• He was forbidden to receive education,

  • He was forbidden to enter a profession.

  • He was forbidden to hold public office.

  • He was forbidden to engage in trade or commerce.

  • He was forbidden to live in a corporate town or within five miles thereof.

  • He was forbidden to own a horse of greater value than five pounds.

  • He was forbidden to purchase land.

  • He was forbidden to lease land.

  • He was forbidden to accept a mortgage on land in security for a loan.

  • He was forbidden to vote.

  • He was forbidden to keep any arms for his protection.

  • He was forbidden to hold a life annuity.

  • He was forbidden to buy land from a Protestant.

  • He was forbidden to receive a gift of land from a Protestant.

  • He was forbidden to inherit land from a Protestant.

  • He was forbidden to inherit anything from a Protestant.

  • He was forbidden to rent any land that was worth more than thirty shillings a year.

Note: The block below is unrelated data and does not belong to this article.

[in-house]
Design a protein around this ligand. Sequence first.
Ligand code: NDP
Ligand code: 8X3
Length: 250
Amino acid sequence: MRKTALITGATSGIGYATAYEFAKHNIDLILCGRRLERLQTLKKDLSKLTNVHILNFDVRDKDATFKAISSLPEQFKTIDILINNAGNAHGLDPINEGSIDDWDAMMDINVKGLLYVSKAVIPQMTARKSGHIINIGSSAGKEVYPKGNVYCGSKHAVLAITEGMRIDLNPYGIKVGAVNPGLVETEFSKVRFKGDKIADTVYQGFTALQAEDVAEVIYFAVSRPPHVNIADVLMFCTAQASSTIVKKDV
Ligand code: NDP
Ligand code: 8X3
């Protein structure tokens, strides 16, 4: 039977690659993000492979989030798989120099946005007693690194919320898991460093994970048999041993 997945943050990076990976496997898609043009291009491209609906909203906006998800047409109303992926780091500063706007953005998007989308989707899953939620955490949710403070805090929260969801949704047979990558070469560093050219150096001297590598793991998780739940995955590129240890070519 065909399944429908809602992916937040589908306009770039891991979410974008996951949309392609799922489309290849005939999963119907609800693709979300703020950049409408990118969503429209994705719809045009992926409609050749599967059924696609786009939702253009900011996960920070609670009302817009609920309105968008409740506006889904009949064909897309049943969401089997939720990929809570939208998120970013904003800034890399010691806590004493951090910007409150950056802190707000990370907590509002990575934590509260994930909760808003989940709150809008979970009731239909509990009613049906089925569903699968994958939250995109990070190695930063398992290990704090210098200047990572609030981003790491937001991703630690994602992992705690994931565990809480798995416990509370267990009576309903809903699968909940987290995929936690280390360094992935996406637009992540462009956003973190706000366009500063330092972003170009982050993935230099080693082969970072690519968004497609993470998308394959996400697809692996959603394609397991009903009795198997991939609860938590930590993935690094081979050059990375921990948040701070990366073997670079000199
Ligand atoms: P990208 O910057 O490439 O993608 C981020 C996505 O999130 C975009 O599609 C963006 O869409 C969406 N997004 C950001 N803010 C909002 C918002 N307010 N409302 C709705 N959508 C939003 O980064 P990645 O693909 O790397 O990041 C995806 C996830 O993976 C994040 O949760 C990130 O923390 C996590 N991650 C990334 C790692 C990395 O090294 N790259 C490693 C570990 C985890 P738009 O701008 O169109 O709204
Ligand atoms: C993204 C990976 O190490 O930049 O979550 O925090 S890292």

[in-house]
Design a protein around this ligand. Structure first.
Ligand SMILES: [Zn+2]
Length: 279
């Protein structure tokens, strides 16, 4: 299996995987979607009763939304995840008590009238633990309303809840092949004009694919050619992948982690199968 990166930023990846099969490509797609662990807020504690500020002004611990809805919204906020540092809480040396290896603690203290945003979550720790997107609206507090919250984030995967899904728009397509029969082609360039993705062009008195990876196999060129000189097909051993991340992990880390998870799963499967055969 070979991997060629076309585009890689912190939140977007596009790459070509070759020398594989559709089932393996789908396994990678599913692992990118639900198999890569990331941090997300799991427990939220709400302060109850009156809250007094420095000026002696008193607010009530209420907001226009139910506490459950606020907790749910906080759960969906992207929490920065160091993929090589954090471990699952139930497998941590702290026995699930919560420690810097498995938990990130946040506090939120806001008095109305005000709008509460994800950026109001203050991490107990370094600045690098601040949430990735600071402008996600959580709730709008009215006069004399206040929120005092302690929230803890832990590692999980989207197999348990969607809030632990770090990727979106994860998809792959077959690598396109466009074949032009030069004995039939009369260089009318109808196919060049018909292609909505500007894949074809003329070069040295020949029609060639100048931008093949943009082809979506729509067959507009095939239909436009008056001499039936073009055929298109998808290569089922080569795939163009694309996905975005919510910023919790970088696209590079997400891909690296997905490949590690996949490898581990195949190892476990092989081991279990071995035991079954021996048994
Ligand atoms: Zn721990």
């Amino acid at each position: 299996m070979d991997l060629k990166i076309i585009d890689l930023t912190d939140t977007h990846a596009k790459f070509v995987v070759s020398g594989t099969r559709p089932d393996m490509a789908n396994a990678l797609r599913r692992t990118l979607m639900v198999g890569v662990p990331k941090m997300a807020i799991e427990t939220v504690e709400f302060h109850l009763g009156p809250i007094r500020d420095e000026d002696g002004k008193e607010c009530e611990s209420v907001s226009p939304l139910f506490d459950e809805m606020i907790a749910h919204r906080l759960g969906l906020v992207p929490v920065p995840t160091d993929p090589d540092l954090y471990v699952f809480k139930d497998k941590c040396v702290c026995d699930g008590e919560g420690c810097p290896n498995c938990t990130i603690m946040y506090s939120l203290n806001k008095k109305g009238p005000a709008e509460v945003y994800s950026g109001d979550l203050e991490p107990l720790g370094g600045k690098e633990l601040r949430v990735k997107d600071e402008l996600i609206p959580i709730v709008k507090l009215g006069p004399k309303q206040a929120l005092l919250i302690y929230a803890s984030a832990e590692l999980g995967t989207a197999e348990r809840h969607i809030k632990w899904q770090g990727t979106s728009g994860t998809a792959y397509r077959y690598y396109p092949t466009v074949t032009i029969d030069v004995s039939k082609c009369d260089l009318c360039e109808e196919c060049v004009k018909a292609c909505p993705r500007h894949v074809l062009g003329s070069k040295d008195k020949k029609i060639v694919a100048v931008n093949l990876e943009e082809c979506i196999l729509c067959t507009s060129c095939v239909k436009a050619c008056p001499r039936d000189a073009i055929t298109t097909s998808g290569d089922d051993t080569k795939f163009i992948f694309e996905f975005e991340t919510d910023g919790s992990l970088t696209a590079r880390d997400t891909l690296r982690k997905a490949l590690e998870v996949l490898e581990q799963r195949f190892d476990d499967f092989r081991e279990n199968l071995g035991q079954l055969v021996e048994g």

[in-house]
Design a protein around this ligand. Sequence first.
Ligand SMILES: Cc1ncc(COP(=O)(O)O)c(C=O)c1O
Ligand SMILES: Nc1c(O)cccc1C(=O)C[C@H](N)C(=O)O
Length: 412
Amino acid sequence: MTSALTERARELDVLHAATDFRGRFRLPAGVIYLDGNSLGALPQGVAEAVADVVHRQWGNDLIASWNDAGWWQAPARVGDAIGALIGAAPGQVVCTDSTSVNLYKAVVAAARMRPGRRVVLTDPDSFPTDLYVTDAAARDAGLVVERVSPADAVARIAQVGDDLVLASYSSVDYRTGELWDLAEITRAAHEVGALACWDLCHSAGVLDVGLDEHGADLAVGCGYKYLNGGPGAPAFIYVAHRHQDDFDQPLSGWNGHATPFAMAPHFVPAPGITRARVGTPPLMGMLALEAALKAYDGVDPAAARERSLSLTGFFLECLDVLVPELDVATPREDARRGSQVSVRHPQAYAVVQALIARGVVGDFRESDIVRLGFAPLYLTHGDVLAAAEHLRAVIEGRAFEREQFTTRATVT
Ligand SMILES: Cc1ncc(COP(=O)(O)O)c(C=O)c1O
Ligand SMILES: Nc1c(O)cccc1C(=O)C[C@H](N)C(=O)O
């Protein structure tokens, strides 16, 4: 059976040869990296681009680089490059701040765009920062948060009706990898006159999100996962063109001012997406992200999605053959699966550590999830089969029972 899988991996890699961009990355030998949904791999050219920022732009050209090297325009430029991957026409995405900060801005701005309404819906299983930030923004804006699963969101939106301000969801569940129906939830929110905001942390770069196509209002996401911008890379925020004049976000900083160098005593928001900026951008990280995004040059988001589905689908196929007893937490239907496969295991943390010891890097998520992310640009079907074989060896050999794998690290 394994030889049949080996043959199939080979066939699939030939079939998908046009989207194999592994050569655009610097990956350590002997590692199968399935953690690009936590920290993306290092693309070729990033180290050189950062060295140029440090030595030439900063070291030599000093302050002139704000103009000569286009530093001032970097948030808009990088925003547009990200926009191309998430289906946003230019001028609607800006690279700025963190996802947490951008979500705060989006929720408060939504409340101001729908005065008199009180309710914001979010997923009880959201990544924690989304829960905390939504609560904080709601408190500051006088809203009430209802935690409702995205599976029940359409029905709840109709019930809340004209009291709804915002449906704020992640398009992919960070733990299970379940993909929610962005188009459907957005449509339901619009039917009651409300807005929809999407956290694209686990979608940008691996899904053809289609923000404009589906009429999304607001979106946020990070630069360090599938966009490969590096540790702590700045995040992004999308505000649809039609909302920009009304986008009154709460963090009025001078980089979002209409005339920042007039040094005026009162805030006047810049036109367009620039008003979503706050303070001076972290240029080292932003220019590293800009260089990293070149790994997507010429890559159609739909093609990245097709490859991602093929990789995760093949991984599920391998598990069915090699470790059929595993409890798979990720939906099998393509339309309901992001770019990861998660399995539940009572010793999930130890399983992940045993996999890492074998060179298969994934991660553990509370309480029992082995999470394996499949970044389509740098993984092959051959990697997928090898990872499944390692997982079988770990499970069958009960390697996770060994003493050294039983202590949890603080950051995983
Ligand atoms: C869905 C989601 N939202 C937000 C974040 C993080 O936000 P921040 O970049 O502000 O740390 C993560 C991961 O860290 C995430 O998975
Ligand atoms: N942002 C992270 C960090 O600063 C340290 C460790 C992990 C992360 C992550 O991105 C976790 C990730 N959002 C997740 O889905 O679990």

• He was forbidden to reap from his land any profit exceeding a third of the rent.

  • He could not be guardian to a child.

  • He could not, when dying, leave his infant children under Catholic guardianship.

  • He could not attend Catholic worship.

  • He was compelled by law to attend Protestant worship.

  • He could not himself educate his child.

  • He could not send his child to a Catholic teacher.

  • He could not employ a Catholic teacher to come to his child.

  • He could not send his child abroad to receive education.


From the 15th through the 19th centuries, successive English monarchies and governments enacted laws designed to suppress and destroy Irish manufacturing and trade. These repressive Acts, coupled with the Penal Laws, reduced the Irish people to "nakedness and beggary" in a very direct and purposeful way. The destitute Irish then stood at the very brink of the bottomless pit.


Submitted by McCrohan.net member, Clinton McCrohan








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Published on: 2006-03-19 (7335 reads)